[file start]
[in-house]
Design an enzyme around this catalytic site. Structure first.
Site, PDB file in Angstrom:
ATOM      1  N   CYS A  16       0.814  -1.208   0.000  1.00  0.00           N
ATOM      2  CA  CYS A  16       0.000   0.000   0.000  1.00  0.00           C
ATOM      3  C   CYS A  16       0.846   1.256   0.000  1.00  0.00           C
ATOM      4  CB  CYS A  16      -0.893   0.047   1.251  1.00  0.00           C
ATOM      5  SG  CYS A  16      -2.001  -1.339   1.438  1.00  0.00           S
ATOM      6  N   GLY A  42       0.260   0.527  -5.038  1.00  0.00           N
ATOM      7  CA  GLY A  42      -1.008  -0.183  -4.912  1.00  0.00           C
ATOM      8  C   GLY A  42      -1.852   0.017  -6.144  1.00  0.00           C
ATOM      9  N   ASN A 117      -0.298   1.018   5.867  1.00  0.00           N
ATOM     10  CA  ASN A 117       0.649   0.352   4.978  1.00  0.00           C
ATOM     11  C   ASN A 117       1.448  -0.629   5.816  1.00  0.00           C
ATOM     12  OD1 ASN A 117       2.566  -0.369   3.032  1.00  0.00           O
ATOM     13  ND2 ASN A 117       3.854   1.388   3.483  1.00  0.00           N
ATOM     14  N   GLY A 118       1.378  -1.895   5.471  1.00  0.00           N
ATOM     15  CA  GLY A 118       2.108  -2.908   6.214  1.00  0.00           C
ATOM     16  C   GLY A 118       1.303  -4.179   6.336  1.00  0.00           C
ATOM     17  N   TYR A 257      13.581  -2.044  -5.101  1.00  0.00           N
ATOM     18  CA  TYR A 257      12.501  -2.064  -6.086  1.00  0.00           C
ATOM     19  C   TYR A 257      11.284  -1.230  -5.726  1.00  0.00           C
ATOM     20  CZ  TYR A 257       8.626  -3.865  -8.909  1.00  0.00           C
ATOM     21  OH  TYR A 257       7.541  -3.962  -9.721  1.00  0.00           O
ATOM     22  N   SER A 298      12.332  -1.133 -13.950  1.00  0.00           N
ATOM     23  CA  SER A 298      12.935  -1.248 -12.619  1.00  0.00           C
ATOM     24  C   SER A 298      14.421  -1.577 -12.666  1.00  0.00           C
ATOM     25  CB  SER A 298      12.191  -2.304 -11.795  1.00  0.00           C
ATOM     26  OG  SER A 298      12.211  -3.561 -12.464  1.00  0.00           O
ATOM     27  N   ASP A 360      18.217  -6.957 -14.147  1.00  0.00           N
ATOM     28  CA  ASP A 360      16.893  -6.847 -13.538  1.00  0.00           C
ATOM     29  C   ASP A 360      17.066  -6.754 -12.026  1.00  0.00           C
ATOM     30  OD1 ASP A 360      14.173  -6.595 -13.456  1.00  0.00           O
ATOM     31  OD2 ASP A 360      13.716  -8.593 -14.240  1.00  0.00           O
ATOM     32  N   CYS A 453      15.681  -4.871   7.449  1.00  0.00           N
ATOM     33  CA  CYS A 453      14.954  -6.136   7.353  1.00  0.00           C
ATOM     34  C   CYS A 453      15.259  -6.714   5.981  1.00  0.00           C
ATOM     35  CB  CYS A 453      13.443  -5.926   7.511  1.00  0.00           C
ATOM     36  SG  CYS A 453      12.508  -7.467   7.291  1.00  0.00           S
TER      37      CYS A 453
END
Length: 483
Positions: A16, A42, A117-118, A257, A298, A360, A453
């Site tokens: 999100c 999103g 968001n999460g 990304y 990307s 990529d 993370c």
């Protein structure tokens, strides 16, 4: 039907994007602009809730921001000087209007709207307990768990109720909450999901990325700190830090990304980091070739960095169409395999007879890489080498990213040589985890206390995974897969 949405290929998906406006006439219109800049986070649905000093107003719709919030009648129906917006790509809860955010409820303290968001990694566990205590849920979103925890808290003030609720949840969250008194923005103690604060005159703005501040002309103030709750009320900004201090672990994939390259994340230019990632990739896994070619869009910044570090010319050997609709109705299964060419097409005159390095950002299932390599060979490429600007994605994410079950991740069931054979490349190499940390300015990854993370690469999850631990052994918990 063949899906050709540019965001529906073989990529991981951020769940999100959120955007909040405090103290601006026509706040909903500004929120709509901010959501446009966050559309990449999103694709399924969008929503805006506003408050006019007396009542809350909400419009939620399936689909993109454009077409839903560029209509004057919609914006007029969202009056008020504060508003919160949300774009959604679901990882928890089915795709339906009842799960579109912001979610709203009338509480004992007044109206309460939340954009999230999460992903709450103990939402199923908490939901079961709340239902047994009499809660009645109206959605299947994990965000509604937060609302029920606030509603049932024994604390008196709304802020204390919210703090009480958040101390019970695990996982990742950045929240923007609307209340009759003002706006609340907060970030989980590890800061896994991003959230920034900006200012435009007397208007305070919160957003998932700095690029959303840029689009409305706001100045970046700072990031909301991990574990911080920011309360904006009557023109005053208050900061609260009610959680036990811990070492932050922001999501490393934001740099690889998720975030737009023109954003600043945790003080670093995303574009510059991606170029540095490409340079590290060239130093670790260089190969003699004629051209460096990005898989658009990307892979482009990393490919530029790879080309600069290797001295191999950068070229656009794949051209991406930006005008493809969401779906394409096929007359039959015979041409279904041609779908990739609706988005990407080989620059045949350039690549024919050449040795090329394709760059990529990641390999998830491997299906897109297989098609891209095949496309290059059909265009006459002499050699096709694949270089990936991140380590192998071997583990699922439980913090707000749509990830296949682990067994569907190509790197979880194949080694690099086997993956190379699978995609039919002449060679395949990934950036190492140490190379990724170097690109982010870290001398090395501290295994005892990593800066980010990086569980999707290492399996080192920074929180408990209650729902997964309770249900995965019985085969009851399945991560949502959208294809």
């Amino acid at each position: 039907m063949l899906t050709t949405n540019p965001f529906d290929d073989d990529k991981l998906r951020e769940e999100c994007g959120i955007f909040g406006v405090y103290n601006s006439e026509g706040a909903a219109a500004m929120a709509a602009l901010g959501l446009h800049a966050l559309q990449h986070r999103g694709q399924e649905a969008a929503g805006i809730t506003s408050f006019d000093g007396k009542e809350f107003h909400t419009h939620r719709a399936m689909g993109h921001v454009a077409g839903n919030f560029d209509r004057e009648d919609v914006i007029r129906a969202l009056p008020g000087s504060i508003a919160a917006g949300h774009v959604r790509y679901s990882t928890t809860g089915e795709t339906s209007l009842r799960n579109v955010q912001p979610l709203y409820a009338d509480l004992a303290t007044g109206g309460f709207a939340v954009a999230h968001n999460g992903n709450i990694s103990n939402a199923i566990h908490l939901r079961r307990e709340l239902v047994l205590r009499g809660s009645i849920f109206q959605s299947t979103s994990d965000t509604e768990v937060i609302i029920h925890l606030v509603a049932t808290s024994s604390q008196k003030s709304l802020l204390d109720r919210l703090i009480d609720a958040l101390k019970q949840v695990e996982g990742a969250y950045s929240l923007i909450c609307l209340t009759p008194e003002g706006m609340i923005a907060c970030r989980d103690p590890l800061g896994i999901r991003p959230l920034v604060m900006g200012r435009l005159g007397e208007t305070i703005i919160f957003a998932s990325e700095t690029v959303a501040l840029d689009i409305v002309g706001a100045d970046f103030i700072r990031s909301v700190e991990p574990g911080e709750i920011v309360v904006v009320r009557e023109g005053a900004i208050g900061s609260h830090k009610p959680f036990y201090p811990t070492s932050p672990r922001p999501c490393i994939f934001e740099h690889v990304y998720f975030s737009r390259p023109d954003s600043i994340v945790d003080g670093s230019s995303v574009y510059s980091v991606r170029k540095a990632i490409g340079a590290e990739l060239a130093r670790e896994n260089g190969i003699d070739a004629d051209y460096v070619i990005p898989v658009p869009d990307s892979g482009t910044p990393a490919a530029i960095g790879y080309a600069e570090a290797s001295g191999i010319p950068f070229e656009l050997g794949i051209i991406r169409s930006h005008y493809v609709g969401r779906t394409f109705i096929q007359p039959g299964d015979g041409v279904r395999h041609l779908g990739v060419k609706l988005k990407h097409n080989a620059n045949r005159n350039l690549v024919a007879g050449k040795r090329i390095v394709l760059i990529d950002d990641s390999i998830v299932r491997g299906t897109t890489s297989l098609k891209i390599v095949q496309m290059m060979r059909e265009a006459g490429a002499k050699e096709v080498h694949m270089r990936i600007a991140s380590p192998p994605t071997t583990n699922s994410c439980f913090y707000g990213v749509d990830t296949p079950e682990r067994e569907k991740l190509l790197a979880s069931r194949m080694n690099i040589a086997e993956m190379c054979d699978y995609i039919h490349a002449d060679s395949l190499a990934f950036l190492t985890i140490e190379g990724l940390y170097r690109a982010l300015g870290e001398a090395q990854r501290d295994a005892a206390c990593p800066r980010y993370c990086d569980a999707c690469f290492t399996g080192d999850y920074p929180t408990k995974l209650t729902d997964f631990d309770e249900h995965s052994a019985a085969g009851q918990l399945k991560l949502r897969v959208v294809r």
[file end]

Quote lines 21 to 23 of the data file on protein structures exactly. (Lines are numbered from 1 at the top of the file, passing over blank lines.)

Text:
ATOM     18  CA  TYR A 257      12.501  -2.064  -6.086  1.00  0.00           C
ATOM     19  C   TYR A 257      11.284  -1.230  -5.726  1.00  0.00           C
ATOM     20  CZ  TYR A 257       8.626  -3.865  -8.909  1.00  0.00           C